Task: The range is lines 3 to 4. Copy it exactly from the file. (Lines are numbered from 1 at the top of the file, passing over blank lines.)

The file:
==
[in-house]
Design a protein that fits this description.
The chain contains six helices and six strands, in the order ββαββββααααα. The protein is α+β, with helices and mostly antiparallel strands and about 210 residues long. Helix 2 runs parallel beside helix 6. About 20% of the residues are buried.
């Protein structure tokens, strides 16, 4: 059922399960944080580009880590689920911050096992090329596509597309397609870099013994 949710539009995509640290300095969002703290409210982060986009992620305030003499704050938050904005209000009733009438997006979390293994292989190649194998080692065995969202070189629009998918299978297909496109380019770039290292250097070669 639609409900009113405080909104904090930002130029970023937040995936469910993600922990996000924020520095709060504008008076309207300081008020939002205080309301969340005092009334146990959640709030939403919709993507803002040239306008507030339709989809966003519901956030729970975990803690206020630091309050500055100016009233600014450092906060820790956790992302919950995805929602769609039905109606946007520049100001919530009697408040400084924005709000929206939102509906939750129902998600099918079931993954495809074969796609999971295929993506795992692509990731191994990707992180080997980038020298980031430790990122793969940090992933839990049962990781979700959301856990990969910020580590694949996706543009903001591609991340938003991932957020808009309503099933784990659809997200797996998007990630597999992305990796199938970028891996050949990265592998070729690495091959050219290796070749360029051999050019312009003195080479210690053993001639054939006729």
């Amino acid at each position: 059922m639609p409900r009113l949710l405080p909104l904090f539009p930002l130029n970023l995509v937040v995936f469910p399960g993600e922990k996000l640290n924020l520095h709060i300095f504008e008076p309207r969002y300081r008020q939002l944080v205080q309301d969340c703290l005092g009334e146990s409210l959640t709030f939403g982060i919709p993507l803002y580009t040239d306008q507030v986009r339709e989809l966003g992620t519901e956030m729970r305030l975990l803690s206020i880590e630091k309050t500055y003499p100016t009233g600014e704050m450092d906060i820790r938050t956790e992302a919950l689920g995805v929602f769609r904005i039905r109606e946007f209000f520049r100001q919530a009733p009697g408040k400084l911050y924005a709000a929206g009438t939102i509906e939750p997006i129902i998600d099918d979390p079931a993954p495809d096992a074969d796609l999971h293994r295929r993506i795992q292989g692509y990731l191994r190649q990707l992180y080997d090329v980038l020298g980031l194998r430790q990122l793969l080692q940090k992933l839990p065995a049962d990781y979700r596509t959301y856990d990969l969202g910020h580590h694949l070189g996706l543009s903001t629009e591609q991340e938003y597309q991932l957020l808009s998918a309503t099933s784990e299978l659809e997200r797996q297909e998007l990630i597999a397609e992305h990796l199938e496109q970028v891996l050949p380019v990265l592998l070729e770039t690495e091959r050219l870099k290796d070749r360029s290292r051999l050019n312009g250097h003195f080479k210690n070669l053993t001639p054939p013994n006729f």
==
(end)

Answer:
The chain contains six helices and six strands, in the order ββαββββααααα. The protein is α+β, with helices and mostly antiparallel strands and about 210 residues long. Helix 2 runs parallel beside helix 6. About 20% of the residues are buried.
């Protein structure tokens, strides 16, 4: 059922399960944080580009880590689920911050096992090329596509597309397609870099013994 949710539009995509640290300095969002703290409210982060986009992620305030003499704050938050904005209000009733009438997006979390293994292989190649194998080692065995969202070189629009998918299978297909496109380019770039290292250097070669 639609409900009113405080909104904090930002130029970023937040995936469910993600922990996000924020520095709060504008008076309207300081008020939002205080309301969340005092009334146990959640709030939403919709993507803002040239306008507030339709989809966003519901956030729970975990803690206020630091309050500055100016009233600014450092906060820790956790992302919950995805929602769609039905109606946007520049100001919530009697408040400084924005709000929206939102509906939750129902998600099918079931993954495809074969796609999971295929993506795992692509990731191994990707992180080997980038020298980031430790990122793969940090992933839990049962990781979700959301856990990969910020580590694949996706543009903001591609991340938003991932957020808009309503099933784990659809997200797996998007990630597999992305990796199938970028891996050949990265592998070729690495091959050219290796070749360029051999050019312009003195080479210690053993001639054939006729």